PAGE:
Khushbu

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Khusbhu is a volume of poetry written by Pakistani poet and columnist Parveen Shakir, and published in 1976.[1]

Poetry[edit]

The poetry in Khushbu, like most of Shakir's subsequent work, can be divided into two categories: the ghazal [plural: ghazalyaat], and free verse.

Ghazal[edit]

Style[edit]

Most of Shakir's ghazalyaat contain five to ten couplets, often - though not always - inter-related. Sometimes, two consecutive couplets may differ greatly in meaning and context [For example, in one of her works, the couplet 'That girl, like her home, perhaps/ Fell victim to the flood' is immediately followed by 'I see light when I think of you/ Perhaps remembrance has become the moon'[2]].

The ghazalyaat in Khusbhu heavily rely on metaphors and similes, which are repeatedly and thought-provokingly used to bring force, thoughtfulness and lyricism in her work. An example is the couplet, "Wo tou khushbu hai, hawaon main bikhar jaye ga/ Masla phool ka hai, phool kidher jayega?"[3] [Translation: He is fragrance, he will scatter in the air/ the trouble lies with the flower - where shall the flower go?] where Shakir relates 'fragrance' to an unfaithful lover, 'air' to the unfaithful's secret loves, and 'flower' to the person cheated. Other metaphors Shakir commonly used in the book are mausum [weather] for times, ghulab [rose] for the female lover, titli [butterfly] for a Romeo, hava [wind] for a wayward love, darya [river] for affection, baarish [rain] for affection, and aandhi [storm] for difficulties.

Themes[edit]

The ghazalyaat in Khusbu mainly deal with the feminine perspective on love and romance, and associated themes such as beauty, intimacy, separation, break-ups, distances, distrust and infidelity and disloyalty.[citation needed]

Shakir in her ghazal[edit]

The ghazalyaat in Shakir's books are one of the biggest, undisputed sources to her personality, and those in Khushbu establish her as an emotional, romantic, fiery and, above all, strong woman. In one couplet, Shakir's describes her fiery nature, and determination to acquire what she loves, thus:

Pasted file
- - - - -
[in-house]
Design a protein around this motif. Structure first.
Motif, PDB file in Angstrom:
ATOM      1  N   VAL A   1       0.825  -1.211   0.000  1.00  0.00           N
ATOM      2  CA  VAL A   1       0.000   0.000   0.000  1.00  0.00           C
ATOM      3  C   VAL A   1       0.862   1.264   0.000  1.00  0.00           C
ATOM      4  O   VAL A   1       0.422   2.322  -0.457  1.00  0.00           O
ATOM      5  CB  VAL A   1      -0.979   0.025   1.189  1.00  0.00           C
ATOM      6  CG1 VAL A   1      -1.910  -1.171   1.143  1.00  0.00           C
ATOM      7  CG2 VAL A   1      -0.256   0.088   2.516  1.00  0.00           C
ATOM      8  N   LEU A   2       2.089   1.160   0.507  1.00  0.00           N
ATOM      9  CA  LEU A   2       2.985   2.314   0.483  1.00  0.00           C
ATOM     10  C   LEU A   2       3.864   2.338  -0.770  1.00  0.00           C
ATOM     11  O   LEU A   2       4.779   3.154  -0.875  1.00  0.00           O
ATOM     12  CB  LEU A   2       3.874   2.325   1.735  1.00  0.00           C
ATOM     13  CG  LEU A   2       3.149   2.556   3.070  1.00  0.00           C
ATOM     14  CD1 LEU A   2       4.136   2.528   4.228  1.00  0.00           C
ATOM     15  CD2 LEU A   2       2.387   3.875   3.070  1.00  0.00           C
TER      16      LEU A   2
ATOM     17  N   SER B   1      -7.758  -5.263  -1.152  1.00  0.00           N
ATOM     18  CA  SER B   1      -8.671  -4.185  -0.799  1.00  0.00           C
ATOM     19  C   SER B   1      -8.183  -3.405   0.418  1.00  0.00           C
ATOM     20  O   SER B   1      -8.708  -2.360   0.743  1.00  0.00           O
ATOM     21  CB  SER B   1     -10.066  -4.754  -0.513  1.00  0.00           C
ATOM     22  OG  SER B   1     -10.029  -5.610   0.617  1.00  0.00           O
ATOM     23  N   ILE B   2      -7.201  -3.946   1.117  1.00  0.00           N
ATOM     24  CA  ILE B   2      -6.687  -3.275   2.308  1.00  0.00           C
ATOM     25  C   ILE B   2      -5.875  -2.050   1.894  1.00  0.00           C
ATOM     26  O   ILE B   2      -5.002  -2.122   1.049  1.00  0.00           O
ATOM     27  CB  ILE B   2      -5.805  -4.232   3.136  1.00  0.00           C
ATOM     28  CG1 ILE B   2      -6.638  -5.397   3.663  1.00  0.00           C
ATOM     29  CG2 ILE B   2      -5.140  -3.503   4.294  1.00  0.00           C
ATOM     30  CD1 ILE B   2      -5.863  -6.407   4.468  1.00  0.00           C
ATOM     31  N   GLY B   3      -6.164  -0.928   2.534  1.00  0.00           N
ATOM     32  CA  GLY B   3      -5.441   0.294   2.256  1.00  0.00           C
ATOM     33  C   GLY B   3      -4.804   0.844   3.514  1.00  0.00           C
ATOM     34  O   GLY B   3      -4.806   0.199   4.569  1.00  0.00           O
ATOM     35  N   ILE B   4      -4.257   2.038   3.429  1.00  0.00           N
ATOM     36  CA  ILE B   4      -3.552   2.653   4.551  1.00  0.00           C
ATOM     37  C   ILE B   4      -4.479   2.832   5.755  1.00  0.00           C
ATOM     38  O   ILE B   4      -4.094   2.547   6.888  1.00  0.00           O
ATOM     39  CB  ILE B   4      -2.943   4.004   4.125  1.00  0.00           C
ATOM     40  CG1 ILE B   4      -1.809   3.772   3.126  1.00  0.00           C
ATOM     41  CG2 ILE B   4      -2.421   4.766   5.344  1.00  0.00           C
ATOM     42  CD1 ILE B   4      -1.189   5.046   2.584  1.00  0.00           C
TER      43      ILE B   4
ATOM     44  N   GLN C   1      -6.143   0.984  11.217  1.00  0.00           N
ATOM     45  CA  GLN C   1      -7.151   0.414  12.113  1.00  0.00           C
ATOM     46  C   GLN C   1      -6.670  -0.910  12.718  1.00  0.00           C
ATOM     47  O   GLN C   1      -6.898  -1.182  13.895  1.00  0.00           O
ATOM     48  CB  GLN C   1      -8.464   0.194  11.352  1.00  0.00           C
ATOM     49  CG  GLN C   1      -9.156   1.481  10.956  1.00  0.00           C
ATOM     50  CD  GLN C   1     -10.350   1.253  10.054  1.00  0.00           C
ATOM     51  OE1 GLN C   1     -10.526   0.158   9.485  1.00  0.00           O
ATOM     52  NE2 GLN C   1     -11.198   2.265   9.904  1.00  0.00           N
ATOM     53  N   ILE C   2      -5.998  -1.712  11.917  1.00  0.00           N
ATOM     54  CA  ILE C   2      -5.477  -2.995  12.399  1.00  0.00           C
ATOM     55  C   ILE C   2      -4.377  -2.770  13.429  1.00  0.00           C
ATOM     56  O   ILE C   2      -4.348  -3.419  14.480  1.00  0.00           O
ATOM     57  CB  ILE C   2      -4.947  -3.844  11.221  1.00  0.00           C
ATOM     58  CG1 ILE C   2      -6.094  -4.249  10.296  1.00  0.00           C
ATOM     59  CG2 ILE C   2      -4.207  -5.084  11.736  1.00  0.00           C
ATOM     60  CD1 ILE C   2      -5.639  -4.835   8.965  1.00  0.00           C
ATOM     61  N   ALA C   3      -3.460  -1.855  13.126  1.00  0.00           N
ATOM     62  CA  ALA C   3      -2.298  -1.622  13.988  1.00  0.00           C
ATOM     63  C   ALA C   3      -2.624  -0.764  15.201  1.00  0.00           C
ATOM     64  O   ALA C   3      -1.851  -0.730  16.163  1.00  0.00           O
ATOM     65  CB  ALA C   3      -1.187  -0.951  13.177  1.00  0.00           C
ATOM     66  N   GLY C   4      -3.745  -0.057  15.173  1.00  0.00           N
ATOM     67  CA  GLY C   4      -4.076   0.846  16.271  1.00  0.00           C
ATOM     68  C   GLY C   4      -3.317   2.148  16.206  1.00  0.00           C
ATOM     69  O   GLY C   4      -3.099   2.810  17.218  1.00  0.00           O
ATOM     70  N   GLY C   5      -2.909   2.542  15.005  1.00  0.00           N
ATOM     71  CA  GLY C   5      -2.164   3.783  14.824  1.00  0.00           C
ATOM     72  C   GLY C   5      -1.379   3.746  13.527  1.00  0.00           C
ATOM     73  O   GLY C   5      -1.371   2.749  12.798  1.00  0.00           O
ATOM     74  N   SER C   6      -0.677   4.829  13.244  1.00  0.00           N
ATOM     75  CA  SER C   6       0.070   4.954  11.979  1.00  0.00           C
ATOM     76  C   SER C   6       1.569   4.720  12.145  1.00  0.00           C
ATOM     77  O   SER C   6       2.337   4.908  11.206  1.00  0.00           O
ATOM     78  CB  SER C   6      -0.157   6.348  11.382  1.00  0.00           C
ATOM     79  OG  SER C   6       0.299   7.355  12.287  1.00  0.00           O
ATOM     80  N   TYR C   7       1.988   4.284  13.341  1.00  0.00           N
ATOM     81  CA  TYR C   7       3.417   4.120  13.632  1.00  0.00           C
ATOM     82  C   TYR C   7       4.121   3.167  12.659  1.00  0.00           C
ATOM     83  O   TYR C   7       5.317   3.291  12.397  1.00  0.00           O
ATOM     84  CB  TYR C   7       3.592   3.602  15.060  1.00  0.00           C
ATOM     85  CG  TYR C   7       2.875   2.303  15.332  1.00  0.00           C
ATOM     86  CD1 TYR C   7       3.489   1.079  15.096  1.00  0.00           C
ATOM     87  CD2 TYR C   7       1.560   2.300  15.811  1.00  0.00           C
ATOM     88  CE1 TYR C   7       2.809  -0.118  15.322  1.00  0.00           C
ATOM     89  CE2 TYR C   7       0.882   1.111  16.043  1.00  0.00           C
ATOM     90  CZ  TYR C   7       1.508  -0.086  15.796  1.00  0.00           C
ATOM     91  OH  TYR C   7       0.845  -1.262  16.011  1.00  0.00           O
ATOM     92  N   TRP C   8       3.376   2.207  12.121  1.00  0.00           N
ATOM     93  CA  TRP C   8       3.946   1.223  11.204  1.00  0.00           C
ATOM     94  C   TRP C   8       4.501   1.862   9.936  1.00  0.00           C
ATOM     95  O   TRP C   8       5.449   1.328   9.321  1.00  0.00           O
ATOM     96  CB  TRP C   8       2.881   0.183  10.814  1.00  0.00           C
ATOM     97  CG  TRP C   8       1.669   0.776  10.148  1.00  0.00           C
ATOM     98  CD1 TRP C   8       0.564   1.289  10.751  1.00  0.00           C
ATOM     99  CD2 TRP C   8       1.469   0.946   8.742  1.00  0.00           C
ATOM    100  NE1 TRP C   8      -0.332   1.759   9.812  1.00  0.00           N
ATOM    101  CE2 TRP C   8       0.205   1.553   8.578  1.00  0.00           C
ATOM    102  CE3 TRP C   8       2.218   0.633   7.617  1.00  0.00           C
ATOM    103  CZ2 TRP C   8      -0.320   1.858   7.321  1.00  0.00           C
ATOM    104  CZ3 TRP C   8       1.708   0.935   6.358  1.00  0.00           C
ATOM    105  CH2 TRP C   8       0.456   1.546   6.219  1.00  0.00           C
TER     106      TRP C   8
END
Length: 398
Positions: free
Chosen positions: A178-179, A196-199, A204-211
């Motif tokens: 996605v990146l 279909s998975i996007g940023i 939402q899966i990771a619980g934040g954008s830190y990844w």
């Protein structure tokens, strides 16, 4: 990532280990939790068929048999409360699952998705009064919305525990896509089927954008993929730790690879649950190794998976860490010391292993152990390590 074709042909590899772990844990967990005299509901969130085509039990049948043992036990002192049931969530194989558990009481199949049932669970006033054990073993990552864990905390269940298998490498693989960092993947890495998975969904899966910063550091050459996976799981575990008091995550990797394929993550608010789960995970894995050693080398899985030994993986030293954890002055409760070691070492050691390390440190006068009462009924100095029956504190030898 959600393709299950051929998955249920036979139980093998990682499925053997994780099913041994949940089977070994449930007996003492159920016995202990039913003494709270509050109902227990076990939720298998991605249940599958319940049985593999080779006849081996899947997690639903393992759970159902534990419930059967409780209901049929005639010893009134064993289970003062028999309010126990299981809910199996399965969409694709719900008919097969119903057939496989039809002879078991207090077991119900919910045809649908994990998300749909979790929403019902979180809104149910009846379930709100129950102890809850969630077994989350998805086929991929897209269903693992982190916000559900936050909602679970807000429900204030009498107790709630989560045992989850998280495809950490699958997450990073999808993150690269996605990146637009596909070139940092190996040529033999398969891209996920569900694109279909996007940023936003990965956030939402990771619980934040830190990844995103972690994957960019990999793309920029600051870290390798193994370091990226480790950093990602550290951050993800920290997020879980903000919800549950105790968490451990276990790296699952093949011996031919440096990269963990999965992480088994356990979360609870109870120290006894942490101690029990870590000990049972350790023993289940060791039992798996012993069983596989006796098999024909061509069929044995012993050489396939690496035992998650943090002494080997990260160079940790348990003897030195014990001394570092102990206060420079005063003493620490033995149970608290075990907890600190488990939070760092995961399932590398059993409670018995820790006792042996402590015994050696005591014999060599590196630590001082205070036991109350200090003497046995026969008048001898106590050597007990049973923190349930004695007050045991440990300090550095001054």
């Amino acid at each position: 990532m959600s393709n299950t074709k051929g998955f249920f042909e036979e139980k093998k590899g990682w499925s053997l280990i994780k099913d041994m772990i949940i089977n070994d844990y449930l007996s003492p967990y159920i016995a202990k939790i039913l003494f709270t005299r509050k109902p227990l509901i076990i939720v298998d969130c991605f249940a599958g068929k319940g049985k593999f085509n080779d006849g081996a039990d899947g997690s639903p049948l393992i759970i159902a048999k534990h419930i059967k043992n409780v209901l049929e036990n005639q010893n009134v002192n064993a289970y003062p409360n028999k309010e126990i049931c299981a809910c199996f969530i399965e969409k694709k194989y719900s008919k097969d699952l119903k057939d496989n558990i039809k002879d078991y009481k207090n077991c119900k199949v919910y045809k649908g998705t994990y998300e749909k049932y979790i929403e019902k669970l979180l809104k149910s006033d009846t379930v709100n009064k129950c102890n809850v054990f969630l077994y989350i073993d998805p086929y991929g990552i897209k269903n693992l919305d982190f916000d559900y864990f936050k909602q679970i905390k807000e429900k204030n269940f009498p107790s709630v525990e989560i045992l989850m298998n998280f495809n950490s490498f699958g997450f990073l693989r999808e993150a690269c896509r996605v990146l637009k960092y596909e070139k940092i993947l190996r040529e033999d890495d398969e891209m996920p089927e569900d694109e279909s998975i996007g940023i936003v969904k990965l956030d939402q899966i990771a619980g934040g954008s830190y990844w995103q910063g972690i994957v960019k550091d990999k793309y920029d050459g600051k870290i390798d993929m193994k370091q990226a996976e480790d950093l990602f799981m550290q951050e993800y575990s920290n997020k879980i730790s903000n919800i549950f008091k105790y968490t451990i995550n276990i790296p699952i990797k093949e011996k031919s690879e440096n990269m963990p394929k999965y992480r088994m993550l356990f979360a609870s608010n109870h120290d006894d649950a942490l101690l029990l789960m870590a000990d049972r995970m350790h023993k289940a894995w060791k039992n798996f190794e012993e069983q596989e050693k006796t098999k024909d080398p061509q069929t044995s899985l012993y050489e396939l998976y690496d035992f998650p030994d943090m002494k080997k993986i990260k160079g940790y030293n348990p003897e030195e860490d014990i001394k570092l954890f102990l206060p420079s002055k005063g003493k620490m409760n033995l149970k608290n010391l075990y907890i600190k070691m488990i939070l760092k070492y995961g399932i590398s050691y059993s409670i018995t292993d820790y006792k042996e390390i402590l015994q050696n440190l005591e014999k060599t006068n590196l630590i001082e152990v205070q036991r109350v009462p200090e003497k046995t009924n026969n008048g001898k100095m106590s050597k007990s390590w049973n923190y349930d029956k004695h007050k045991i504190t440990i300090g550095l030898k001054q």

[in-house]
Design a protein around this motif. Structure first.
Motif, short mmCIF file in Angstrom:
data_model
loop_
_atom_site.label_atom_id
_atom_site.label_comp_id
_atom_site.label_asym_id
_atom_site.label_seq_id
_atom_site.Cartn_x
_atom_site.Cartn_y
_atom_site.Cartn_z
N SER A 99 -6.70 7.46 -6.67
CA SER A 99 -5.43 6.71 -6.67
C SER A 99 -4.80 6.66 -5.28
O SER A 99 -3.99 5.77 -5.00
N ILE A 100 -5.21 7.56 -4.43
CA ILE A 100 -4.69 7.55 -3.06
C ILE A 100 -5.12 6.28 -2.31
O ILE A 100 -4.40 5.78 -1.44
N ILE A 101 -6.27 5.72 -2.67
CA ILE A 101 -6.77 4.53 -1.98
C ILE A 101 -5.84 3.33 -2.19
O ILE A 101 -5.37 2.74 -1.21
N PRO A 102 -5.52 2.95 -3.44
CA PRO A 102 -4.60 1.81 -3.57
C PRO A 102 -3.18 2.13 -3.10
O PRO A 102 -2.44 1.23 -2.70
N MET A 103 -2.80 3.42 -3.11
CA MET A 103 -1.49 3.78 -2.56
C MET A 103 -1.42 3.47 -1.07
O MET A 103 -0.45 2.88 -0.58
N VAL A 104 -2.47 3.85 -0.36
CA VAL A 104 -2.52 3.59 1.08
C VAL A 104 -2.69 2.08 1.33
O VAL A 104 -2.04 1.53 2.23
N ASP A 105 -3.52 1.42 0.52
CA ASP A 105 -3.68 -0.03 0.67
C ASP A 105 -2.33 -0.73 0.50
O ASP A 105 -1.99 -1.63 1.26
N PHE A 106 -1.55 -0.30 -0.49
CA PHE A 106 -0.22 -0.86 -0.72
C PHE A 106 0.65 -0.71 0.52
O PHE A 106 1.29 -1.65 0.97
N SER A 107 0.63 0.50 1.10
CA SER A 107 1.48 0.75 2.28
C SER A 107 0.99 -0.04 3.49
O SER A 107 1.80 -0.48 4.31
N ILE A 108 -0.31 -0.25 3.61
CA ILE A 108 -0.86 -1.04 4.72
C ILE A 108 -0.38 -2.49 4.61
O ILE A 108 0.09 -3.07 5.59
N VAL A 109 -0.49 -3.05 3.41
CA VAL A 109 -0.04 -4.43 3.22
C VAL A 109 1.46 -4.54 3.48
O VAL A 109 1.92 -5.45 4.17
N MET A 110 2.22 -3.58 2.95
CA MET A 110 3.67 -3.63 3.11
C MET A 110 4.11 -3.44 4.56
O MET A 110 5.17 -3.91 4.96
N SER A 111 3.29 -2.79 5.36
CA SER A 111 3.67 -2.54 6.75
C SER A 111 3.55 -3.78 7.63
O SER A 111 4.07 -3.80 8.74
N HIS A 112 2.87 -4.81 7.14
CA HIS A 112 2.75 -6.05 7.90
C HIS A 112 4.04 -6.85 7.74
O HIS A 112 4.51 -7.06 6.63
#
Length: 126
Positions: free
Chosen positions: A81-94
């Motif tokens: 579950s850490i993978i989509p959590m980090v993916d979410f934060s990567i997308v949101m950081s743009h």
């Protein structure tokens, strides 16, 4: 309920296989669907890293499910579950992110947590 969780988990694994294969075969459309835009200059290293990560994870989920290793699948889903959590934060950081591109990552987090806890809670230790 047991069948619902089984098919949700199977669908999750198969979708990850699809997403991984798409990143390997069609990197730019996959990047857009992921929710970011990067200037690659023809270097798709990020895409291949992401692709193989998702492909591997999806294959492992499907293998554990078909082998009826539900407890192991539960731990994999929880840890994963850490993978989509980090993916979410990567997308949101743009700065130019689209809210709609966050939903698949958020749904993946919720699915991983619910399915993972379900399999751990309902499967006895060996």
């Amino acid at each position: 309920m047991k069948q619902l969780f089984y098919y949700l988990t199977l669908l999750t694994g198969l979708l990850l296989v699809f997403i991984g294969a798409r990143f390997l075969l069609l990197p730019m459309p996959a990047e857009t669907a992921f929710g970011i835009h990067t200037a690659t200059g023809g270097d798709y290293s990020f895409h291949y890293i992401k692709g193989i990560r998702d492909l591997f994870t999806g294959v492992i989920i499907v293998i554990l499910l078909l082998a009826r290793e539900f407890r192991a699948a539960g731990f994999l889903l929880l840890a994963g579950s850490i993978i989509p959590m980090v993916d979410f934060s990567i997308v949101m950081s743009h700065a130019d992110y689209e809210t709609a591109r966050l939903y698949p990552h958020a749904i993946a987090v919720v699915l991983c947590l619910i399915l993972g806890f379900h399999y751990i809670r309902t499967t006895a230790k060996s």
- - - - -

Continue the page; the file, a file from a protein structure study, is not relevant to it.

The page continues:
"My heart is fiery, and to reach thee/
It shall render my body a canoe, and my blood a river."[4]

She also expresses her stead-fastness in love ["Is there anyone like me, who/ will dedicate their life to thy remembrance?"[4] and "Where have I not gone in search of peace of heart/ But this heart - Forever it has been in his company!"],[5] her determination to learn from bitter experience, and to move on in life [I moved on, for thy infidelity/ Revealed to me this distrustful world],[4] and the fact that she does not wear her emotions on her sleeve [It has shattered, but greets with smile/ I am in control of my attitude]. The ghazalyaat in Khushbu bring forth Shakir's thirst for trying new things [I must leave the road/ The path to my house is not paved],[6] her staunch preference of truth over lies ["Your truths were bitter, but I like them"[7] and "I will speak the truth at all costs, I was not aware/ You did not know of this evil of mine!][8] and her habit to experience every emotion intensely [I have been well-known to the nature of storms].[9]

Separation[edit]

Separation is a much-emphasized topic in Khushbu, and is dealt with in many ways. It may be willing or unwilling separation - in the form of break-ups, long distance relationships, dying love or memories of an old romance - and is emphasized in works such as Neend tou khwaab hai aur hijr ki shub khwaab kahan? [Sleep is a dream - and the night of separation is not a dream!], Dost [Friend], Shadeed dukh tha agarcha teri judaai ka [Though the pain of your separation was great!] and Chiraagh-e-raah bujha kya, kay rehnuma bhi gaya [The guide left as soon as the lamp died out].

Shakir's work Let Him Come to Sprout a Flower in my Heart[10] heavily focuses on these themes. A few couplets are cited here:

"Let him come to sprout a flower in my heart,

Let him come to wound my heart anew!

Let fragrance awaken in my empty doors,
Let him come to decorate my house.

Around here, live many people he knows,

Can not he come under pretense of meeting someone else?"[10]

In The Night Dances Like my Body, Shakir says:

"I will live my life, away from you,
Like an exile."[11]

Similarly, separation that is unwilling on both sides is implied by the following couplets in her ghazal My face - his eyes!

"Often, I wake up from my sleep, thinking,

How does he bear the night [sans me]?

Despite all these distances, his arms,

[Seem to] encircle me, forever."[12]

Some other couplets of Shakir, focusing on the theme of separation: